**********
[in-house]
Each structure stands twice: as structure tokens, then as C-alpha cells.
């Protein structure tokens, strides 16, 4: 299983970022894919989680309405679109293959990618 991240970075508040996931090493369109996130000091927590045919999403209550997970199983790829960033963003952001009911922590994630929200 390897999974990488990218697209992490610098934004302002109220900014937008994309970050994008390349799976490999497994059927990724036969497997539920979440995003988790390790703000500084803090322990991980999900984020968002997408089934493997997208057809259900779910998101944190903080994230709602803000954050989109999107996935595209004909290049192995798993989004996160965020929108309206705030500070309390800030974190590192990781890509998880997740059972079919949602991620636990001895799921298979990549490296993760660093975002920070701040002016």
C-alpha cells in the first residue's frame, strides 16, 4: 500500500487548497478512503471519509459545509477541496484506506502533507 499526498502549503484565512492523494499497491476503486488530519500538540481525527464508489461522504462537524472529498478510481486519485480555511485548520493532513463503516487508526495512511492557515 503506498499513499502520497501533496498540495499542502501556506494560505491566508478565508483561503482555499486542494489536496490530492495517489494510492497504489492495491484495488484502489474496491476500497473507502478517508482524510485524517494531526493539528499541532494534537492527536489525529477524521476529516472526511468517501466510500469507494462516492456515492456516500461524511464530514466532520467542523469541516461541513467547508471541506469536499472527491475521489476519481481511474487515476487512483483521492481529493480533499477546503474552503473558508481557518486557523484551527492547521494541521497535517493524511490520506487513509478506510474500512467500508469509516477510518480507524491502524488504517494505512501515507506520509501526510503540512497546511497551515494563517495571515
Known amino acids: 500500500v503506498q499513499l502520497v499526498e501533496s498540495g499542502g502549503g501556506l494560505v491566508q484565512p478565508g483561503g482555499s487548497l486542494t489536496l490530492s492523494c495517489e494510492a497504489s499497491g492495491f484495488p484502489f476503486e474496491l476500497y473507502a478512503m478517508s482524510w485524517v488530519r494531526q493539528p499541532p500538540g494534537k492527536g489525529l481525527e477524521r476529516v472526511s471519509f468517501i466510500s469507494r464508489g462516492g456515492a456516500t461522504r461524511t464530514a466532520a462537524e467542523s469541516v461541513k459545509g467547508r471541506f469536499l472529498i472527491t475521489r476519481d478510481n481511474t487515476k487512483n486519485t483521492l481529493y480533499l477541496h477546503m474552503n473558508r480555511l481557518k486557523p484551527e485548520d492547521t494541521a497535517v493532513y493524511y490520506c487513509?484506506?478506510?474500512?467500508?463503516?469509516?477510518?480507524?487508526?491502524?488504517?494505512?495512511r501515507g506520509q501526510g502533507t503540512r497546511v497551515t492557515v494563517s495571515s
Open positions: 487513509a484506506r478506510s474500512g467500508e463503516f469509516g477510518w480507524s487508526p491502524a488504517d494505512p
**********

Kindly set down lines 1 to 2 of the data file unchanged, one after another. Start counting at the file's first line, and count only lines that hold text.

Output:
[in-house]
Each structure stands twice: as structure tokens, then as C-alpha cells.